Yachad – The Physician’s Consumer’s Club

club

Apparently physicians use clubs  have a consumer club. (I remember a teacher that used to supervise the school chess club and always consumed a Club biscuit with his packed lunch, but I digress).

Anyway, it seems that the Yachad Physician’s Consumer Club LTD had owned Israel trademark No. 145836 for the stylized mark including the word Yachad (meaning together). The mark is shown below.

Yachad

The mark was for Activities and consumers agreements for members of the consumer club included in class 35 and the separate words together, club and physicians were specifically disclaimed. However, the  mark had  lapsed and was struck from the register due to failure to pay the maintenance fees. Some tears later, the Yachad Physician’s Consumer Club LTD requested to revive the mark, but the request was refused and the Applicants requested a hearing.

On 8 March 2016 the New Histadrut, the revamped General Workers’ Union requested to join the proceedings and was given 45 days to provide their perspective. On 10 March 2016, the Deputy Commissioner, Ms Jacqueline Bracha refused to allow he third party to join and delay the proceedings and ruled that as far as the Yachad Physician’s Consumer Club LTD considered the New Histadrut’s arguments relevant, they could submit them themselves. A hearing was set for 20 April 2016.

Despite the interim ruling of the 10 Martch, three days later on 13th March 2016, the New Histadrut filed an additional submission to be joined to the proceedings. This additional submission filled up 47 pages and was submitted a mere week before the hearing. According to the New Histadrut, the Patent and Trademark Office has no choice but to add them to the ex partes proceeding due to Section 73 of the Trademark Ordinance which states that:

Prior to exercising their judicial discretion as per the Ordinance or the Regulations, if a decision damages the interests of a third party, if requested to, the Registrar HAS to consider the claims of that third party.

Ms Bracha does not consider that a decision to revive a trademark or to leave it canceled can be considered as using discretionary judgement to the detriment of the New Histadrut. The New Histadrut is relying on the 2196,916 trademark decision which requested adding a third-party of delaying proceedings, where a third party claiming a right in a mark threatened with cancellation may present their case.  In this instance, the New Histadrut does not claim rights in the mark but rather is concerned that the revival of the mark could render them liable for trademark infringement due to their usage of the word Yachad meaning together.  This question is not relevant since both Section 73 of the Ordinance and the 10 March 2016 decision enable third party submissions and the New Histadrut did indeed file such submissions. Furthermore, despite not receiving an extension as requested, the New Histadrut still chose the moment that was to their advantage to submit their claims, which prevented the Applicants from responding prior to the hearing.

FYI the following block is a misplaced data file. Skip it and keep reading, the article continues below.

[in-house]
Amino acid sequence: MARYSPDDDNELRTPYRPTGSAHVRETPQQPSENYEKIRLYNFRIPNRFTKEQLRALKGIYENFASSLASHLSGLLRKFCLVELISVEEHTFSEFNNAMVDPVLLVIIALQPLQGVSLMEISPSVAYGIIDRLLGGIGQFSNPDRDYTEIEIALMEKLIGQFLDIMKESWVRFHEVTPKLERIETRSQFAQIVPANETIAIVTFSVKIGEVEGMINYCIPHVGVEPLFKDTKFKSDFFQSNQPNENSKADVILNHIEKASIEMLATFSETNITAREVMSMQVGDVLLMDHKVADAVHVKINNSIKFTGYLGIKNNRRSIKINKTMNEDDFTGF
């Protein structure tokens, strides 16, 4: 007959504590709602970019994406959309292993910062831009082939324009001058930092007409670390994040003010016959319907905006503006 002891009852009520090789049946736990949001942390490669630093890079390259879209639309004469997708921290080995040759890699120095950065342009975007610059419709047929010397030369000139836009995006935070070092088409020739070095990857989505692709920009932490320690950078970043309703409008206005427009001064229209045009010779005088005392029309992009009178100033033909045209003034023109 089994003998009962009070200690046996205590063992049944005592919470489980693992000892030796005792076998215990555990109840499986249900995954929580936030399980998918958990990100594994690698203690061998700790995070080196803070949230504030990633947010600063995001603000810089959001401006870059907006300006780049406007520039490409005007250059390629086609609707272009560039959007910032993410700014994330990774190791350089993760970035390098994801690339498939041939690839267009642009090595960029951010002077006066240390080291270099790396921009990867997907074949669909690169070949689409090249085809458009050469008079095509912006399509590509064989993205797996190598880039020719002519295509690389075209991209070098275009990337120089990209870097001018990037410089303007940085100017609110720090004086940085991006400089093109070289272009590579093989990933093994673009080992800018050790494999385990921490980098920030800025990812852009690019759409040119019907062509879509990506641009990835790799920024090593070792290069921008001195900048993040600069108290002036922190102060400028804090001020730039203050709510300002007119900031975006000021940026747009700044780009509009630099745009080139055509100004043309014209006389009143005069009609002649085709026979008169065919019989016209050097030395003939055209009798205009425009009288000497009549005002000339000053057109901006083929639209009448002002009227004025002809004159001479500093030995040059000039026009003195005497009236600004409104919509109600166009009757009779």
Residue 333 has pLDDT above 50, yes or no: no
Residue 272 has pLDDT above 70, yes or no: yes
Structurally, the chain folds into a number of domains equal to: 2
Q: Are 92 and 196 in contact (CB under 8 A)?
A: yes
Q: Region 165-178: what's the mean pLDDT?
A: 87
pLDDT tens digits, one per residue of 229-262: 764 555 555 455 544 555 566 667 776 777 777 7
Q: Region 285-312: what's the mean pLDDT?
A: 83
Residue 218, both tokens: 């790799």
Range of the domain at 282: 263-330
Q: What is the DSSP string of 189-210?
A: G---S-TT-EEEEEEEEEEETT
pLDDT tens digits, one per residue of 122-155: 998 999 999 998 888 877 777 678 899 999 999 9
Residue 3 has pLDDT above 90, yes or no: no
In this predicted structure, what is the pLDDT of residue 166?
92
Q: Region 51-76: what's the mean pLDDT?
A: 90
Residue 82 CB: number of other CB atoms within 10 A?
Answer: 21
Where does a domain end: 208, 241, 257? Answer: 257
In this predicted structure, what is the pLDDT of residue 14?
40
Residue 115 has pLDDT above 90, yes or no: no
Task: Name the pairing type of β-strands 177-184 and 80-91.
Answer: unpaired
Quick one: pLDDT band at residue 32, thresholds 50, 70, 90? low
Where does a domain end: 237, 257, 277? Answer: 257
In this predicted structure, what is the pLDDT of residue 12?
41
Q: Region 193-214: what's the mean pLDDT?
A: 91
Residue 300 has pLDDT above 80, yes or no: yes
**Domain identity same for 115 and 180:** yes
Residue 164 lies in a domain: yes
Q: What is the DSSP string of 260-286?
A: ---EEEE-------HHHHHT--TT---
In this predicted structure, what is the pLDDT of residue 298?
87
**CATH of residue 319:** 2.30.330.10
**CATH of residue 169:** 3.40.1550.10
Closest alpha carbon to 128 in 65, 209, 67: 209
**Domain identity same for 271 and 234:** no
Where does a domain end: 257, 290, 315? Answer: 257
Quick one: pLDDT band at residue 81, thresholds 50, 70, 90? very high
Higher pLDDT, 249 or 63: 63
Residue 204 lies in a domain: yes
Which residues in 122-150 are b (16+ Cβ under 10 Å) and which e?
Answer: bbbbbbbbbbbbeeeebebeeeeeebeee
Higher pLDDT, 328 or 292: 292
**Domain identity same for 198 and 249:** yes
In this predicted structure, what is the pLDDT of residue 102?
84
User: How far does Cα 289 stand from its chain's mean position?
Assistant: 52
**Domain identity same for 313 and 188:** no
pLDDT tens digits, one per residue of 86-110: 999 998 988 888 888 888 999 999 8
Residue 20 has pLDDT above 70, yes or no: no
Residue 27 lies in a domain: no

What's up

Since the New Histadrut’s submissions are before the Deputy Commissioner anyway, she cannot see justification for adding them as a party to the proceedings. She does not consider being able to submit arguments in an ex-partes proceeding under Section 73 to be  comparable to adding them as a party and making the proceedings inter partes. Section 72 is relevant for third parties with some rights to the mark, such as paying a deposit in a cancellation proceedings. In contrast, Section 73 only allows third parties to make submissions with the only limitation being the time-table for submissions decided  by the Commissioner. Section 73 allows anyone to submit what they like without risking paying costs if unsuccessful. It is clear that the New Histadrut wishes to have the benefits of Section 72 without any rights to the mark and where the issue is not one of trademark cancellation.

Ms Bracha considers that in making its submissions, the New Histadrut has both utilized and used up its rights and does not have the additional right to join the proceedings as a third-party. Anyway, if the mark is allowed to be revived, the New Histadrut and anyone else may file an opposition to the decision, and could also file cancellation proceedings.

The Applicant should proceed in the ex-partes revival petition according to the schedule ruled, and may relate to the New Histadrut’s submissions if it sees fit to do so. Since the Applicant does not need to respond to this, no costs are awarded.

Interim ruling concerning third-party joining revival request of TM 145836,  17 April 2016.

 

 

 

 

 

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